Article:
A bridge that traverses a river.
An example of traverse is a performer walking across a tightrope.
An example of traverse is doing a land survey.
Traverse an artillery piece.
- An intersecting line; a transversal.
- A structural crosspiece; a transom.
- A gallery, deck, or loft crossing from one side of a building to the other.
- A railing, curtain, screen, or similar barrier.
- A defensive barrier across a rampart or trench, as a bank of earth thrown up to protect against enfilade fire.
- A line that intersects others.
- A crossbar, crosspiece, crossbeam, transom, etc.
- A parapet or wall of earth, etc. across a rampart or trench.
- A gallery, loft, etc. crossing a building.
- A single line of survey across a plot, region, etc.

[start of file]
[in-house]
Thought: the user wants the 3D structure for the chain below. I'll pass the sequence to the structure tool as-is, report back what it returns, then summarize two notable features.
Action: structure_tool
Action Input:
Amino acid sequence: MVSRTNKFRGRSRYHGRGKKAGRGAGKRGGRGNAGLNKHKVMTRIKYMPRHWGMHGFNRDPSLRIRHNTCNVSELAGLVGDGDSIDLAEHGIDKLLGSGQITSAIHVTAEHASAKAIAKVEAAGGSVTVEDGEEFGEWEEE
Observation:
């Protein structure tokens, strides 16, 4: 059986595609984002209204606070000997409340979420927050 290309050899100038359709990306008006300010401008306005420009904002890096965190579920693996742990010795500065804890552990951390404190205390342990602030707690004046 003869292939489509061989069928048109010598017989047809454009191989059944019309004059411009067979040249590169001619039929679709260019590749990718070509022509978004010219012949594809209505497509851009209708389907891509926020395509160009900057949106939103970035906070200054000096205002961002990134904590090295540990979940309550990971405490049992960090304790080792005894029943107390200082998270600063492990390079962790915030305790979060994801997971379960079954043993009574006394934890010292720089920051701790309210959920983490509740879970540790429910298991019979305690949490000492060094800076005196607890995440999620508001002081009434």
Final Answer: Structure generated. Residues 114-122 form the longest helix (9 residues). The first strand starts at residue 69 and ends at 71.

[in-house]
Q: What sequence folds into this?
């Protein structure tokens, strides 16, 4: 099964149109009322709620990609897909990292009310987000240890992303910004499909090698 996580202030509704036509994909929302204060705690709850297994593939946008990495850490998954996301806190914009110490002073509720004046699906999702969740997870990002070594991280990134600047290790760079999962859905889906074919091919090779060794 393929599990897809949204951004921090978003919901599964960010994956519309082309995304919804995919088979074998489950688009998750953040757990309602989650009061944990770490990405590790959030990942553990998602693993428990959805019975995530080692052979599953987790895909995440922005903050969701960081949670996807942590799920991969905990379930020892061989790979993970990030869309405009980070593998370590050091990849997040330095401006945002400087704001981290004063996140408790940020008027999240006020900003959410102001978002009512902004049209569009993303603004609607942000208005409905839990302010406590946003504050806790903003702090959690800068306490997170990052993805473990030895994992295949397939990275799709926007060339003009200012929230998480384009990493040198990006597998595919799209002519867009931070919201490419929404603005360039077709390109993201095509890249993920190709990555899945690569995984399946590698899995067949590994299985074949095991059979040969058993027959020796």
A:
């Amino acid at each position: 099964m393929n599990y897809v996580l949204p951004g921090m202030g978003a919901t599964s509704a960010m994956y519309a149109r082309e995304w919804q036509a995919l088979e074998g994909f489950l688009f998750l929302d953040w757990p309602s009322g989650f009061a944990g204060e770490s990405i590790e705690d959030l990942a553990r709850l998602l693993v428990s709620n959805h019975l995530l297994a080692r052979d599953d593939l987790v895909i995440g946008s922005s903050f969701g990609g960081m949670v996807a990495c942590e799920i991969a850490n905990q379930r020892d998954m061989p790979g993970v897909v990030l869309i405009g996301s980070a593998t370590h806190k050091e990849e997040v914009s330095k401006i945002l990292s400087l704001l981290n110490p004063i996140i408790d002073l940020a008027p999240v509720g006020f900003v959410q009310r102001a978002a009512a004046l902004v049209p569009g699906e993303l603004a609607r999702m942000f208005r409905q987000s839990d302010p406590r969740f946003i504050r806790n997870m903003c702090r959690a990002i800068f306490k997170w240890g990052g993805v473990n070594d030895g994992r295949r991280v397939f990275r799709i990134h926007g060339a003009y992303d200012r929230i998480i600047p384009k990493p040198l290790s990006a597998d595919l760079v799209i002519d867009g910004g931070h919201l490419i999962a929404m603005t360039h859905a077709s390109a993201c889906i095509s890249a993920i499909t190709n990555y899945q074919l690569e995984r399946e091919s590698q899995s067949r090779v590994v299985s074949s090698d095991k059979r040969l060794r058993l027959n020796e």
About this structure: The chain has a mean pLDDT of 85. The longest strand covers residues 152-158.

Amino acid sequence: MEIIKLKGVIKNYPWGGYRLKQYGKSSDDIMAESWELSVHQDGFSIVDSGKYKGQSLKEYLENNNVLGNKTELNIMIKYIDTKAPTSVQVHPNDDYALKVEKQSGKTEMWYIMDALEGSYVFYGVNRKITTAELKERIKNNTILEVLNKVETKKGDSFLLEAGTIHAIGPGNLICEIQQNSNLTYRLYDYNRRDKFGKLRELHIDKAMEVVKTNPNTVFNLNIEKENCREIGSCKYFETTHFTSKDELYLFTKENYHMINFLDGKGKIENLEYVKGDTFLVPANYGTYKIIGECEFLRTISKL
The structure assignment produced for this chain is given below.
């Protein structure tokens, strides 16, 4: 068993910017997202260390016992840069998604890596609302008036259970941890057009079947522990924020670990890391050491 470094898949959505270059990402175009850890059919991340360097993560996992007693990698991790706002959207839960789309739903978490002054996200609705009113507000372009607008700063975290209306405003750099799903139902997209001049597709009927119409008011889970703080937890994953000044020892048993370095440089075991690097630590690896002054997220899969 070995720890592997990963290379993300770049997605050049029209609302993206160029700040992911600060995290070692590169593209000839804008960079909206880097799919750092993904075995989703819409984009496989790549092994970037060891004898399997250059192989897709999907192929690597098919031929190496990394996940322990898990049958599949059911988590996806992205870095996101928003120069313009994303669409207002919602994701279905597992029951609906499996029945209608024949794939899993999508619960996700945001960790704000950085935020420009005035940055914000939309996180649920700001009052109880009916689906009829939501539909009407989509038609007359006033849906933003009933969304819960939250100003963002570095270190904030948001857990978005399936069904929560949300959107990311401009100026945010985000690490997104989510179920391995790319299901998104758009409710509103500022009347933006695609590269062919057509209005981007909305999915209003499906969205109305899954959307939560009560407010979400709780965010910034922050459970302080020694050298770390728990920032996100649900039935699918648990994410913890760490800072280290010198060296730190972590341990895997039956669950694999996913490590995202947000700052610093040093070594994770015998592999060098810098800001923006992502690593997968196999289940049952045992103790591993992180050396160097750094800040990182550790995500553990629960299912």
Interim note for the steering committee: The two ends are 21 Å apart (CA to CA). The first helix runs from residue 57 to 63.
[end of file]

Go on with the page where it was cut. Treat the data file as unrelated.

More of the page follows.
- A screen, curtain, etc. placed crosswise.
- A passing across or through; crossing.
- A lateral, pivoting, oblique, or zigzagging movement.
At the entrance of the king, / The first traverse was drawn.
He would have succeeded, had it not been for unlucky traverses not under his control.
He will have to traverse the mountain to get to the other side.
To traverse a cannon.
Paths cut with traverse trenches.
An example of a traverse is a zigzag route down a steep hill taken by a skier.
An example of a traverse is a log laying across a road.
Origin of traverse
- Middle English traversen from Old French traverser from Vulgar Latin trāversāre from Late Latin trānsversāre from Latin trānsversus transverse transverse
From American Heritage Dictionary of the English Language, 5th Edition